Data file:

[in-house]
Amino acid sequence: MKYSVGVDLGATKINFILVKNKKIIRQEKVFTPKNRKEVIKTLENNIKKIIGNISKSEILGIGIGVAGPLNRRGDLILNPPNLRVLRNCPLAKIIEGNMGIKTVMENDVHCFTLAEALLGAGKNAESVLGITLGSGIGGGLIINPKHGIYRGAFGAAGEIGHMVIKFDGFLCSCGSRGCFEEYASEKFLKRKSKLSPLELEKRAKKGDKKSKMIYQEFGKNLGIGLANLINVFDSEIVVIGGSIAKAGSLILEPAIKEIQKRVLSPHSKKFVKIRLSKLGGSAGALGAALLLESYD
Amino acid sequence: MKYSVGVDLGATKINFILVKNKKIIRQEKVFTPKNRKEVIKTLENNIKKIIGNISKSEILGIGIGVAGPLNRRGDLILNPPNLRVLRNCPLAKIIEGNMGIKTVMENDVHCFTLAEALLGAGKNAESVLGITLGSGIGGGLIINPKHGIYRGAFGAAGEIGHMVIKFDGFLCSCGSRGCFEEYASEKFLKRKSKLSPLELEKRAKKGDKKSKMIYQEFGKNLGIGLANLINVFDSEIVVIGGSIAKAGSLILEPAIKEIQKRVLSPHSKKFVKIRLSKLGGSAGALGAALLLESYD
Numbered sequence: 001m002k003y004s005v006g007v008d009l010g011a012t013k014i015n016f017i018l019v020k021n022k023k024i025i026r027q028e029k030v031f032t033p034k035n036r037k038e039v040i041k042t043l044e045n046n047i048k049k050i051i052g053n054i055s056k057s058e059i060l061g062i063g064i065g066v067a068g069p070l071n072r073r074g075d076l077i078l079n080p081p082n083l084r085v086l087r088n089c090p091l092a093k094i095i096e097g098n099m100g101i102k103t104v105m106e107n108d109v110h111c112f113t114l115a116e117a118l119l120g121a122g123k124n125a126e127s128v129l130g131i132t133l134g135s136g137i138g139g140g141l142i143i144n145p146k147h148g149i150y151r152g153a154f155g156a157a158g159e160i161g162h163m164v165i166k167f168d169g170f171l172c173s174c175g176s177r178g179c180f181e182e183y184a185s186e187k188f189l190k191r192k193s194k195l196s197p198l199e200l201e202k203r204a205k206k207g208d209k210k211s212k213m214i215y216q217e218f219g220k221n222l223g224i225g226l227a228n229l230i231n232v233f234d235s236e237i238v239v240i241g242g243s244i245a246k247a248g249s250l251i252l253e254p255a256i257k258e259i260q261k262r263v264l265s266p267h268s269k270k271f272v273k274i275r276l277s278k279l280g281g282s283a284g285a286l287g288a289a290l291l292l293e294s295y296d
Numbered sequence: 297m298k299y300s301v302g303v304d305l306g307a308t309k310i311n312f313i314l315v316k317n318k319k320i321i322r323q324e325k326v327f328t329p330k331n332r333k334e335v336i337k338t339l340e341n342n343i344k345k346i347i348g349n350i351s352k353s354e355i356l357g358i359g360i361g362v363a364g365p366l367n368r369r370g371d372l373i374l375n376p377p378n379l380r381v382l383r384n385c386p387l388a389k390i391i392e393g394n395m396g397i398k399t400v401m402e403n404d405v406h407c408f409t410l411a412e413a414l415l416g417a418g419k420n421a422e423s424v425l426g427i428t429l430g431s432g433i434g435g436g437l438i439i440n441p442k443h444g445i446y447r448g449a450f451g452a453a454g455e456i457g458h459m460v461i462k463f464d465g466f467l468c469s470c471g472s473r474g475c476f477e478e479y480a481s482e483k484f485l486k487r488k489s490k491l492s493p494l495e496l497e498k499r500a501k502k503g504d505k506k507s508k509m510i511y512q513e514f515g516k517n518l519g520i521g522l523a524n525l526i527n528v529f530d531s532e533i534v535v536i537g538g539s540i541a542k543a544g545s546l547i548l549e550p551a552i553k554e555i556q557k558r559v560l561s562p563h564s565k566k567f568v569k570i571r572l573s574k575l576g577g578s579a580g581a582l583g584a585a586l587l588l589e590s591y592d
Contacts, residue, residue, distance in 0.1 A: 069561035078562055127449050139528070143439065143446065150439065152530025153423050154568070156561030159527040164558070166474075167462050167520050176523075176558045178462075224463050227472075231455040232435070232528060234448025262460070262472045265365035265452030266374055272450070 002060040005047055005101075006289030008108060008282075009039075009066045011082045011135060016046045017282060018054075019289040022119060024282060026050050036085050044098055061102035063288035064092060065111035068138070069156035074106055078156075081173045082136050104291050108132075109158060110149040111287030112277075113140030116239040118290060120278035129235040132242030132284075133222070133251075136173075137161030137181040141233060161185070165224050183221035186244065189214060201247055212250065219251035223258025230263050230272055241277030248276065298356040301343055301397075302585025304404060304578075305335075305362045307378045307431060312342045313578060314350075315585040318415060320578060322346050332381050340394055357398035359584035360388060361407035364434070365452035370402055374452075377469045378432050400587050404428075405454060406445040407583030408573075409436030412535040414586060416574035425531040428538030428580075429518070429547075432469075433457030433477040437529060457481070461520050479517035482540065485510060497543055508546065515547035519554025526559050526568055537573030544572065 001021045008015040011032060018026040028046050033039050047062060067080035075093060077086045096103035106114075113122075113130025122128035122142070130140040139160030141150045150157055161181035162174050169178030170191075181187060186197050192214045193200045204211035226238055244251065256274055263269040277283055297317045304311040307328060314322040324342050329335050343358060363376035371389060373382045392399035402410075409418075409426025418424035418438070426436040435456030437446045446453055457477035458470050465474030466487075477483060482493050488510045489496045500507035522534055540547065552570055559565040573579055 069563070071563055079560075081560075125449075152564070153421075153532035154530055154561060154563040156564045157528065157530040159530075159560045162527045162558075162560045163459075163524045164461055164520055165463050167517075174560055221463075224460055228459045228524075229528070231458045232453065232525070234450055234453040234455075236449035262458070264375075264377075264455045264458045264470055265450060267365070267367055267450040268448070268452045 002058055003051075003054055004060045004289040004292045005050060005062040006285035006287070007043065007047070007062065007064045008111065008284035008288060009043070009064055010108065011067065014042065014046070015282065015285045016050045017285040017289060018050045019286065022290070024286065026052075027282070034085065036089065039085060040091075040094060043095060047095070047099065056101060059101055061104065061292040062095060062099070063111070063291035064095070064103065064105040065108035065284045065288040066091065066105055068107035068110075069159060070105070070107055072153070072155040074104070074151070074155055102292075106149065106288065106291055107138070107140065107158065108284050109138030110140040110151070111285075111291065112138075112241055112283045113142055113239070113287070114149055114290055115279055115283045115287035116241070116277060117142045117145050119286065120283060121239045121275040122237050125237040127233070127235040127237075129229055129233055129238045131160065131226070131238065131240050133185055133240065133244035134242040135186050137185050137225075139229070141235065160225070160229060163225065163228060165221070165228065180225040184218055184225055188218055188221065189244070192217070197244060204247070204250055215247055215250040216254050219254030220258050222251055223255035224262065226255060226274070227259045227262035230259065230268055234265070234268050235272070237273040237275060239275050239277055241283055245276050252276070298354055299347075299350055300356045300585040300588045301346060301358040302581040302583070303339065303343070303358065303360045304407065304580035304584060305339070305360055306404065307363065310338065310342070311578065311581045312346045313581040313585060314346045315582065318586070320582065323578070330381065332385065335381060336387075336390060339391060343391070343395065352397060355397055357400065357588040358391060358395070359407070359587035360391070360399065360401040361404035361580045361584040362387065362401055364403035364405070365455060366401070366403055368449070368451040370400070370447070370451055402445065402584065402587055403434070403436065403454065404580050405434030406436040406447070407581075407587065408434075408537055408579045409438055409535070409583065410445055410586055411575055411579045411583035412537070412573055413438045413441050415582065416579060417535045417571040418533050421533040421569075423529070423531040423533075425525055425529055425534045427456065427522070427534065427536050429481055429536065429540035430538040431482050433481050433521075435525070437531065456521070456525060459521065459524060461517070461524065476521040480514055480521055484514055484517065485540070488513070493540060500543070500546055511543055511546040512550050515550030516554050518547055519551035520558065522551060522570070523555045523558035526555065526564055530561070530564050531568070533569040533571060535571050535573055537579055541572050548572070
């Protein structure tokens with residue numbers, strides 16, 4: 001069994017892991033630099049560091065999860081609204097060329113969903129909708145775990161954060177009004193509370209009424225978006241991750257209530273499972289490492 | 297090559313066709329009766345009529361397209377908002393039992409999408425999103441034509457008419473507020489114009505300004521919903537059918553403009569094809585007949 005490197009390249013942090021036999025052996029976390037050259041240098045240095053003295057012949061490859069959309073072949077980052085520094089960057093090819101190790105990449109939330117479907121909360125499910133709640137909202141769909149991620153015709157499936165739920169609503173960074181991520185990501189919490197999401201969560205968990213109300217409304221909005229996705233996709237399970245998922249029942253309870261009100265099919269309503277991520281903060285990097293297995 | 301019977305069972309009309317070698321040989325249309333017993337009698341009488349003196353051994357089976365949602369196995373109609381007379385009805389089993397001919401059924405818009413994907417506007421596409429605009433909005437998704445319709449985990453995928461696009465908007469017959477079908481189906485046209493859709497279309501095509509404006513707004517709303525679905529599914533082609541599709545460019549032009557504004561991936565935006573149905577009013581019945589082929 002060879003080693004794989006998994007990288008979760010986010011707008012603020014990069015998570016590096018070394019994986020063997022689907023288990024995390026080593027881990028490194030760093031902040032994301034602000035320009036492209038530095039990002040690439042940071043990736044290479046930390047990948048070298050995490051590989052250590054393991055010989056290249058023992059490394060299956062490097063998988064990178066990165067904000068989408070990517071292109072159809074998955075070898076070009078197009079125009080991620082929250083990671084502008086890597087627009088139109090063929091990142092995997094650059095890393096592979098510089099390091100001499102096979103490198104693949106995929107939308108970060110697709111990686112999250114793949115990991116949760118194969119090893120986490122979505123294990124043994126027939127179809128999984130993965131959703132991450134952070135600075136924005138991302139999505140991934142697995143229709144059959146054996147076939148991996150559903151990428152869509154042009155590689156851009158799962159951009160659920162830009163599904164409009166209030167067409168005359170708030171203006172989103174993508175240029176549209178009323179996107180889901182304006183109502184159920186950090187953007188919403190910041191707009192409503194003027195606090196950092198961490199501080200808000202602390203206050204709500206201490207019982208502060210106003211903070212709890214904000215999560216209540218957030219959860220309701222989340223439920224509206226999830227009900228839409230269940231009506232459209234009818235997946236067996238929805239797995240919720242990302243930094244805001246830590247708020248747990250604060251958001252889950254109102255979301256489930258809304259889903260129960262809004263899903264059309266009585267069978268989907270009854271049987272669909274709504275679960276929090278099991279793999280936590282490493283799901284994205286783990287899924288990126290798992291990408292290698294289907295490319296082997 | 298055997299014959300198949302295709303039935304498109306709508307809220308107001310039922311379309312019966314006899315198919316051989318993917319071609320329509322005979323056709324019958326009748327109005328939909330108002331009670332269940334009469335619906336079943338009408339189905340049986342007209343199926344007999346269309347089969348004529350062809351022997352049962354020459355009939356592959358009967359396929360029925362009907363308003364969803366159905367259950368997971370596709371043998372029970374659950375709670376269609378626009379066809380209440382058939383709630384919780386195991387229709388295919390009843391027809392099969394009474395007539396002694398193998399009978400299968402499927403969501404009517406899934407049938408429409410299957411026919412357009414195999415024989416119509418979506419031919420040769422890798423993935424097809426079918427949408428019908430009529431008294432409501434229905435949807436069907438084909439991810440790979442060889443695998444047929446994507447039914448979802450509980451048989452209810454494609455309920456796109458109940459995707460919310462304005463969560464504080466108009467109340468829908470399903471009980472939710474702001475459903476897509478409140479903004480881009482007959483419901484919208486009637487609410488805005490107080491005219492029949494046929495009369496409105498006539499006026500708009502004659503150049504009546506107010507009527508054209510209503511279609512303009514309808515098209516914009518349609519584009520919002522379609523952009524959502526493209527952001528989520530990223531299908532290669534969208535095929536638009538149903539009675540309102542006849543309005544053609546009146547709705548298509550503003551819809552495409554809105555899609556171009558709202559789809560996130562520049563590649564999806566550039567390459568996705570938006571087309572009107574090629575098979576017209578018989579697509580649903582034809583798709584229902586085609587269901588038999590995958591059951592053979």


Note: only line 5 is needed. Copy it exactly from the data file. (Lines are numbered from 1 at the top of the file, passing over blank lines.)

Numbered sequence: 297m298k299y300s301v302g303v304d305l306g307a308t309k310i311n312f313i314l315v316k317n318k319k320i321i322r323q324e325k326v327f328t329p330k331n332r333k334e335v336i337k338t339l340e341n342n343i344k345k346i347i348g349n350i351s352k353s354e355i356l357g358i359g360i361g362v363a364g365p366l367n368r369r370g371d372l373i374l375n376p377p378n379l380r381v382l383r384n385c386p387l388a389k390i391i392e393g394n395m396g397i398k399t400v401m402e403n404d405v406h407c408f409t410l411a412e413a414l415l416g417a418g419k420n421a422e423s424v425l426g427i428t429l430g431s432g433i434g435g436g437l438i439i440n441p442k443h444g445i446y447r448g449a450f451g452a453a454g455e456i457g458h459m460v461i462k463f464d465g466f467l468c469s470c471g472s473r474g475c476f477e478e479y480a481s482e483k484f485l486k487r488k489s490k491l492s493p494l495e496l497e498k499r500a501k502k503g504d505k506k507s508k509m510i511y512q513e514f515g516k517n518l519g520i521g522l523a524n525l526i527n528v529f530d531s532e533i534v535v536i537g538g539s540i541a542k543a544g545s546l547i548l549e550p551a552i553k554e555i556q557k558r559v560l561s562p563h564s565k566k567f568v569k570i571r572l573s574k575l576g577g578s579a580g581a582l583g584a585a586l587l588l589e590s591y592d